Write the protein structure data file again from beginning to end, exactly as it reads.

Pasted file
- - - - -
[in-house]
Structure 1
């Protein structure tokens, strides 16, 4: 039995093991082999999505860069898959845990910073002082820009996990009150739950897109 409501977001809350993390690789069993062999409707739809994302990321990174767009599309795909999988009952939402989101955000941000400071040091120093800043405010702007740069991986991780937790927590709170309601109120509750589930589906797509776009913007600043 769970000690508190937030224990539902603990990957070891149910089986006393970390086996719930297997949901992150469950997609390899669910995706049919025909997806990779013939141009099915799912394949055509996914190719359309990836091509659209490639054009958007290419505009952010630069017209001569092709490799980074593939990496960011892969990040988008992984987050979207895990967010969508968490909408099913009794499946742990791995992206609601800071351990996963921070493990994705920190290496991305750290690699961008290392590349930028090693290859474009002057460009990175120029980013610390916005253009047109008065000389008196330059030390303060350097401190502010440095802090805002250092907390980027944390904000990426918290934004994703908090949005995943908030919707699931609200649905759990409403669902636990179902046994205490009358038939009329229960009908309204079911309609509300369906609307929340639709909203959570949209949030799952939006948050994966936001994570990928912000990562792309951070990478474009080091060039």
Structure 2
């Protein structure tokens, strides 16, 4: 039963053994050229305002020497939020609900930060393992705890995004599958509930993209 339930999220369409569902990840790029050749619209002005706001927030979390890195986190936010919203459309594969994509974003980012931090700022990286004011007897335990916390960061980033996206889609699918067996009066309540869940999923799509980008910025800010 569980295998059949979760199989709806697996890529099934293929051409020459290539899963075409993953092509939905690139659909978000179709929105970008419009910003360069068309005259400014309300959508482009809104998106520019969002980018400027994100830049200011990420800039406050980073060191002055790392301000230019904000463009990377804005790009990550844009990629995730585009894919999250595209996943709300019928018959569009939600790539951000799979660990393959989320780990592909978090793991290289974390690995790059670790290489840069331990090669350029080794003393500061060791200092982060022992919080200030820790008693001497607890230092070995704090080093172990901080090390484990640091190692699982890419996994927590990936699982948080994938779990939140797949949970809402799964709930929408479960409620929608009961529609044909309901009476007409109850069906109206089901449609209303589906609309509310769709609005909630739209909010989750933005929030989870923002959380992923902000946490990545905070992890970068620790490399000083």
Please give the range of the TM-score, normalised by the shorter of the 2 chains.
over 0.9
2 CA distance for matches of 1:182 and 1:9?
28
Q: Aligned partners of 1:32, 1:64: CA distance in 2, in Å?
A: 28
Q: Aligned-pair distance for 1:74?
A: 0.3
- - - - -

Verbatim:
[in-house]
Structure 1
């Protein structure tokens, strides 16, 4: 039995093991082999999505860069898959845990910073002082820009996990009150739950897109 409501977001809350993390690789069993062999409707739809994302990321990174767009599309795909999988009952939402989101955000941000400071040091120093800043405010702007740069991986991780937790927590709170309601109120509750589930589906797509776009913007600043 769970000690508190937030224990539902603990990957070891149910089986006393970390086996719930297997949901992150469950997609390899669910995706049919025909997806990779013939141009099915799912394949055509996914190719359309990836091509659209490639054009958007290419505009952010630069017209001569092709490799980074593939990496960011892969990040988008992984987050979207895990967010969508968490909408099913009794499946742990791995992206609601800071351990996963921070493990994705920190290496991305750290690699961008290392590349930028090693290859474009002057460009990175120029980013610390916005253009047109008065000389008196330059030390303060350097401190502010440095802090805002250092907390980027944390904000990426918290934004994703908090949005995943908030919707699931609200649905759990409403669902636990179902046994205490009358038939009329229960009908309204079911309609509300369906609307929340639709909203959570949209949030799952939006948050994966936001994570990928912000990562792309951070990478474009080091060039």
Structure 2
């Protein structure tokens, strides 16, 4: 039963053994050229305002020497939020609900930060393992705890995004599958509930993209 339930999220369409569902990840790029050749619209002005706001927030979390890195986190936010919203459309594969994509974003980012931090700022990286004011007897335990916390960061980033996206889609699918067996009066309540869940999923799509980008910025800010 569980295998059949979760199989709806697996890529099934293929051409020459290539899963075409993953092509939905690139659909978000179709929105970008419009910003360069068309005259400014309300959508482009809104998106520019969002980018400027994100830049200011990420800039406050980073060191002055790392301000230019904000463009990377804005790009990550844009990629995730585009894919999250595209996943709300019928018959569009939600790539951000799979660990393959989320780990592909978090793991290289974390690995790059670790290489840069331990090669350029080794003393500061060791200092982060022992919080200030820790008693001497607890230092070995704090080093172990901080090390484990640091190692699982890419996994927590990936699982948080994938779990939140797949949970809402799964709930929408479960409620929608009961529609044909309901009476007409109850069906109206089901449609209303589906609309509310769709609005909630739209909010989750933005929030989870923002959380992923902000946490990545905070992890970068620790490399000083």
Please give the range of the TM-score, normalised by the shorter of the 2 chains.
over 0.9
2 CA distance for matches of 1:182 and 1:9?
28
Q: Aligned partners of 1:32, 1:64: CA distance in 2, in Å?
A: 28
Q: Aligned-pair distance for 1:74?
A: 0.3